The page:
Penny, Nickel, Dime, Quarter: Paying for Retirement on a Budget

An important key to meeting your retirement savings goal is to find small ways to bump up your retirement savings. Although it may not sound like much, saving your coins can have a profound impact on your retirement fund.

Two ways to save coins for your retirement are:

• Collect your loose change and deposit it into your retirement account.
• Start a coin collection: put collectible coins in albums and save them for the future when they’ll be worth more money.

Collecting Your Loose Change

1. Make a commitment. Vow to save your coins rather than spend them.

2. Make it convenient to collect your change. Keep a container in your car (a plastic cup, for example) so you have a place to put your spare change. In your purse, carry a zippered pouch or coin purse to store coins you receive back as change.

3. Watch your money grow. When you get home, dump all your loose change from your car and purse into a bank or decorative jar. To make it fun, use a large clear glass or plastic container so you can see it add up.

4. Deposit your funds. After your container gets half-full or once a month, take it to your bank or credit union to pour your coins through the coin counter and deposit them into your retirement savings.

• Avoid using coin counters that charge a usage fee; they’re free to use at most financial institutions. If your bank charges a fee for change that exceeds a certain amount, simply pour the change in slowly to avoid going over that amount. Simply bring back the balance of your coins on your next trip to the bank to avoid paying any coin counter fees.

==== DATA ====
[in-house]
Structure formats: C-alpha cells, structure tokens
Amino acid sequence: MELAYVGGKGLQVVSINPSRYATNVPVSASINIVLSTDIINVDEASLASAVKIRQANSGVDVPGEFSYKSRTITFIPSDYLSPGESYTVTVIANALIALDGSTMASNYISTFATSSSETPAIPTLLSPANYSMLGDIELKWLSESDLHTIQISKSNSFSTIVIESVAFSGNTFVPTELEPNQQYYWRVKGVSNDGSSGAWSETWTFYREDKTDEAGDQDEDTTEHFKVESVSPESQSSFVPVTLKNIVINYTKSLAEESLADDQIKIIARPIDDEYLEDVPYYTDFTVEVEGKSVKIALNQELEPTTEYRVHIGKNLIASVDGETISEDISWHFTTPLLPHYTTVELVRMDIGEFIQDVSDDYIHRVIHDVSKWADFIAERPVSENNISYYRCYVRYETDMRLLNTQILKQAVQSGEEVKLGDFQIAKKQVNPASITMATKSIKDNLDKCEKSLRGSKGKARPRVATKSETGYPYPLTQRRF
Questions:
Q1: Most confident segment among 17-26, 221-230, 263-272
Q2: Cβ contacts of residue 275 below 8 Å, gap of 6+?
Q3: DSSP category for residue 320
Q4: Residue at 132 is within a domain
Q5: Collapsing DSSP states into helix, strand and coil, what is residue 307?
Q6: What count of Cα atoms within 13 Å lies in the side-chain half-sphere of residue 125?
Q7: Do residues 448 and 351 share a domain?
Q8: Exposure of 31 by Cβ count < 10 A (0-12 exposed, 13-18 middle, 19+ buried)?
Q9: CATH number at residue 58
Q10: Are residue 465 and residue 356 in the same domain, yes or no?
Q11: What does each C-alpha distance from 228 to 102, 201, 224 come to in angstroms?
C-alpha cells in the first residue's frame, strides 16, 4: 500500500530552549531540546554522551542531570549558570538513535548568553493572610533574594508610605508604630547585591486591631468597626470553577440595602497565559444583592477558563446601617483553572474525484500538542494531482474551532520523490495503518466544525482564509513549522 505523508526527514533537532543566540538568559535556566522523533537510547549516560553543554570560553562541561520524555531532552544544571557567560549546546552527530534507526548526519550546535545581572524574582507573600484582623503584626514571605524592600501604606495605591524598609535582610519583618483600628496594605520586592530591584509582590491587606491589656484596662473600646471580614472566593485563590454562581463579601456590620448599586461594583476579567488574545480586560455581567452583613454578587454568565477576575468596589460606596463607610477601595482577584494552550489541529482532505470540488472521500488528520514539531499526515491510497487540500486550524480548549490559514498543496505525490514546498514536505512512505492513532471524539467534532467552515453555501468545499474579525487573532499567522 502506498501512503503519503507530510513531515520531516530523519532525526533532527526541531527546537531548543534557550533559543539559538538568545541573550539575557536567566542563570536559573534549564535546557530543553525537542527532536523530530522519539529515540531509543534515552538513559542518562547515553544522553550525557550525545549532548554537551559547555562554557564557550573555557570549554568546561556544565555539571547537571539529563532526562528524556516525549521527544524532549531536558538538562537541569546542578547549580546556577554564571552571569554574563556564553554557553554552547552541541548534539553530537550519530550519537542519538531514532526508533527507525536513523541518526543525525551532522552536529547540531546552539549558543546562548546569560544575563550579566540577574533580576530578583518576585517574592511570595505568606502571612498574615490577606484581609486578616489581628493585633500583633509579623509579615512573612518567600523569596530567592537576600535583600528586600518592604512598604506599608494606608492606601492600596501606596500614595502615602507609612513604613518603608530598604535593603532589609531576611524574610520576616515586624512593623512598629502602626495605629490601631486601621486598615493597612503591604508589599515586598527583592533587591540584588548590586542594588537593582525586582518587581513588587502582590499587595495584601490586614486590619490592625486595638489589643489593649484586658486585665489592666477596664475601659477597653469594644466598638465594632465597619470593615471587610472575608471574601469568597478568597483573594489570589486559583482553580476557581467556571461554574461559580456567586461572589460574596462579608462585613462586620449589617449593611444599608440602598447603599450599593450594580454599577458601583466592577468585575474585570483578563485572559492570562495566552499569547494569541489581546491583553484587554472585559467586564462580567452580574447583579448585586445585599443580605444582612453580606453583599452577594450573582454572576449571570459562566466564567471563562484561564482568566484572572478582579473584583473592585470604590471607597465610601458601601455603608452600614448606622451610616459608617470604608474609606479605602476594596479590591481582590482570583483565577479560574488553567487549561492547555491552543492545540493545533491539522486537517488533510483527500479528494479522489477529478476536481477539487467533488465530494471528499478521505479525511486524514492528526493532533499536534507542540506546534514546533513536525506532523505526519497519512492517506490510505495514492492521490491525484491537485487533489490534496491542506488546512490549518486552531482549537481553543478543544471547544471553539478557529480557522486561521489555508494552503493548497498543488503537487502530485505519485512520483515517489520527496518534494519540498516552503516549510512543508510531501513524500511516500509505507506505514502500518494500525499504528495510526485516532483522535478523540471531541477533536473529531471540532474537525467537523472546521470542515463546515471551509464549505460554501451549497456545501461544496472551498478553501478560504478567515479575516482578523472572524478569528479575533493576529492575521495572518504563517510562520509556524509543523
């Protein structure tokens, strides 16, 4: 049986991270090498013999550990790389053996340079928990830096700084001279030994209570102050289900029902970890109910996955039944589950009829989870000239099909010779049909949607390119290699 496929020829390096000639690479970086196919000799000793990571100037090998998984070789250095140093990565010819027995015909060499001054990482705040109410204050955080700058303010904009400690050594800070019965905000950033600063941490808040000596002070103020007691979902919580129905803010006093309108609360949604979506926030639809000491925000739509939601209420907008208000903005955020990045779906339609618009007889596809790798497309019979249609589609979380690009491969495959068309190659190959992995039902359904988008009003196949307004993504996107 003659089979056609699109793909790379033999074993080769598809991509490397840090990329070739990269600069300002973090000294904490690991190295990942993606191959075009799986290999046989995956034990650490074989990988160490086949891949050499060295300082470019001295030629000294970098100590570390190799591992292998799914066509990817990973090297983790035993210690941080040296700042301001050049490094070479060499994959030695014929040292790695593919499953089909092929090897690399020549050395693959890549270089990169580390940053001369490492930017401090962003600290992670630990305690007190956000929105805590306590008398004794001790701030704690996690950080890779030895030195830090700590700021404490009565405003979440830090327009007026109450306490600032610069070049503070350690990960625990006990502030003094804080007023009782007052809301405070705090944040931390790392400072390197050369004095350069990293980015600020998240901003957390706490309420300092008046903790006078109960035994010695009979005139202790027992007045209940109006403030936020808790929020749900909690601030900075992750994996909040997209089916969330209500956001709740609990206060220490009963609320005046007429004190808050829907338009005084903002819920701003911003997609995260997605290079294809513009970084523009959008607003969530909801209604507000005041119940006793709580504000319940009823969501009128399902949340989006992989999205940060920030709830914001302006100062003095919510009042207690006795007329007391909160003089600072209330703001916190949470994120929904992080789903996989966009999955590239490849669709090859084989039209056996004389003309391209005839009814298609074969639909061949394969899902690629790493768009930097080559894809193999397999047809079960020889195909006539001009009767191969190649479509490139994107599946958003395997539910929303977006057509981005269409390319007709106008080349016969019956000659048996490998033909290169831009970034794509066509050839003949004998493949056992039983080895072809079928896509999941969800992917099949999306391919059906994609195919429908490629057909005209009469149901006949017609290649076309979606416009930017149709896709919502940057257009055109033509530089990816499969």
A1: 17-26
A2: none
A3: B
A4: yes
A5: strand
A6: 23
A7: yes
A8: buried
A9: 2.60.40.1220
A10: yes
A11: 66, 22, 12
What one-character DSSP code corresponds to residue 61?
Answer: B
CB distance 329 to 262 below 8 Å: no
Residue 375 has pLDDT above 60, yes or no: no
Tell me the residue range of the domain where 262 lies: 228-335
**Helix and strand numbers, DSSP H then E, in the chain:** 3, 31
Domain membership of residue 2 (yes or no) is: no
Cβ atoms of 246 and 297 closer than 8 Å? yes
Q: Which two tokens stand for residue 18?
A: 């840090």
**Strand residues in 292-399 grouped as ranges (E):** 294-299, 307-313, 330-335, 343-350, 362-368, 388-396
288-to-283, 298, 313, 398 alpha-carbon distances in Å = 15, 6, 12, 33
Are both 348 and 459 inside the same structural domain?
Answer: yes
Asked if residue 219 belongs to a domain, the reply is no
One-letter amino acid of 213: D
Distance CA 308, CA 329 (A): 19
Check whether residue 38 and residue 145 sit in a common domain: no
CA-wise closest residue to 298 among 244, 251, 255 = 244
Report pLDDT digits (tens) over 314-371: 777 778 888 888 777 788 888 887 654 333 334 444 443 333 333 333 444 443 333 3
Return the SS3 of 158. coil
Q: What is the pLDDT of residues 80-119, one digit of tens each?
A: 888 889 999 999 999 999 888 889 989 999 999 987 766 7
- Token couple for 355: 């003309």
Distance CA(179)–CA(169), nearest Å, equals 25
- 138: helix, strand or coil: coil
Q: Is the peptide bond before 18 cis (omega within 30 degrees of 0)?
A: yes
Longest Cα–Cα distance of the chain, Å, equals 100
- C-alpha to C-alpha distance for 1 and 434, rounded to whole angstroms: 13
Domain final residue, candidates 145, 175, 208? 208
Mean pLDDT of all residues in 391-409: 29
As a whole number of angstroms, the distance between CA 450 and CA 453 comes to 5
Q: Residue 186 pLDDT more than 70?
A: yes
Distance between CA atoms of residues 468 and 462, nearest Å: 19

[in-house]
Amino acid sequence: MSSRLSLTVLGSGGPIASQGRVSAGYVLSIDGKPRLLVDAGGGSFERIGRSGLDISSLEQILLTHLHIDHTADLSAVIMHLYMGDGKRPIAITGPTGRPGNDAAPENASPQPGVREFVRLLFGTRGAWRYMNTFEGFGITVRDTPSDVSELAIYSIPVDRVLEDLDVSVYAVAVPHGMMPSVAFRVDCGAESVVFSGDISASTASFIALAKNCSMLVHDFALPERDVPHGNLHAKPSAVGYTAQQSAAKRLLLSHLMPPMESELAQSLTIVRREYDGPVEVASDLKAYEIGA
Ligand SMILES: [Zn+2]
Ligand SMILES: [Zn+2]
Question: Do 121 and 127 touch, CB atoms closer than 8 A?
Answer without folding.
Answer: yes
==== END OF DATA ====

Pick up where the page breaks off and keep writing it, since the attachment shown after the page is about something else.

Starting a Coin Collection

1. If you’ve never done coin collecting before, you’ll find the activity entertaining. Plus, it will make you money in the future.

2. Acquire some albums in which to store your coins. Go to your local discount or hobby store to inquire about coin albums. These are sturdy cardboard folders that have cutouts into which you place the various coins.

• Coin albums come in all sizes and types. There are coin albums to collect pennies, nickels, dimes, quarters, half-dollars, silver dollars, and more.

• Typically, the albums specify the year, the mint where the coin was made, and the type of coin to be collected.

3. Start small when you first begin a coin collection. A really fun first coin collection is the “50 state quarters.”

4. Begin filling up your albums. Go through your coins regularly to find coins that you need for the albums. Visit coin-collecting hobby shops for ideas on specific collections that may interest you and to purchase coins you won’t usually find in your regular change.

5. It may take months before you complete a coin album. But that’s okay; that’s part of the enjoyment – the anticipation of knowing you’ll have all the coins to someday cash in for your retirement.

• Eventually, though, you’ll complete your coin albums. Place them in your safe deposit box at the bank for safekeeping.

6. Let your coins gain value over time; then sell them. If you have a large collection, it can make a huge difference in your retirement fund.

The leftover coins you collect throughout your day can be put to good use. Deposit them monthly into your retirement savings account. Or start a coin collection and enjoy the journey of saving, sorting, and watching their value grow to cash in for big retirement savings in the future.

Your coins might be worth more than gold after years of collecting for your retirement!


The FTG Knowledge Bank